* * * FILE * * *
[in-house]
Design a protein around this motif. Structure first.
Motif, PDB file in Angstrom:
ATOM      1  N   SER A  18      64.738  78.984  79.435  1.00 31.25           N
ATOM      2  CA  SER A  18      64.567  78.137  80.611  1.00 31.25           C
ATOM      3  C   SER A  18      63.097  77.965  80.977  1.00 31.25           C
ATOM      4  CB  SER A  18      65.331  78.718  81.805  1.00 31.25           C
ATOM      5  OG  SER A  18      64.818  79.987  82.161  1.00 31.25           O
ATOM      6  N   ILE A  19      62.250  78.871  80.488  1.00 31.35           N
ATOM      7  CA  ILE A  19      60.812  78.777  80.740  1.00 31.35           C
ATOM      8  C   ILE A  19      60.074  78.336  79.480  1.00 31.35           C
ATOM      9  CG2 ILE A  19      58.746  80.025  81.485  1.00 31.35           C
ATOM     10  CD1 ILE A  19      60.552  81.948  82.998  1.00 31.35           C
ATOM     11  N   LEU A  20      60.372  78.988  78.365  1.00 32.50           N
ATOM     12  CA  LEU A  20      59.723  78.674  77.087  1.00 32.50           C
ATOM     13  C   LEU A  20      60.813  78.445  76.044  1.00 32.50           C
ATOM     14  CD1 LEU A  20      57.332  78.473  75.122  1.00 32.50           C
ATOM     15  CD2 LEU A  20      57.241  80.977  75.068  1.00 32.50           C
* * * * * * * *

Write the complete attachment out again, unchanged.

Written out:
[in-house]
Design a protein around this motif. Structure first.
Motif, PDB file in Angstrom:
ATOM      1  N   SER A  18      64.738  78.984  79.435  1.00 31.25           N
ATOM      2  CA  SER A  18      64.567  78.137  80.611  1.00 31.25           C
ATOM      3  C   SER A  18      63.097  77.965  80.977  1.00 31.25           C
ATOM      4  CB  SER A  18      65.331  78.718  81.805  1.00 31.25           C
ATOM      5  OG  SER A  18      64.818  79.987  82.161  1.00 31.25           O
ATOM      6  N   ILE A  19      62.250  78.871  80.488  1.00 31.35           N
ATOM      7  CA  ILE A  19      60.812  78.777  80.740  1.00 31.35           C
ATOM      8  C   ILE A  19      60.074  78.336  79.480  1.00 31.35           C
ATOM      9  CG2 ILE A  19      58.746  80.025  81.485  1.00 31.35           C
ATOM     10  CD1 ILE A  19      60.552  81.948  82.998  1.00 31.35           C
ATOM     11  N   LEU A  20      60.372  78.988  78.365  1.00 32.50           N
ATOM     12  CA  LEU A  20      59.723  78.674  77.087  1.00 32.50           C
ATOM     13  C   LEU A  20      60.813  78.445  76.044  1.00 32.50           C
ATOM     14  CD1 LEU A  20      57.332  78.473  75.122  1.00 32.50           C
ATOM     15  CD2 LEU A  20      57.241  80.977  75.068  1.00 32.50           C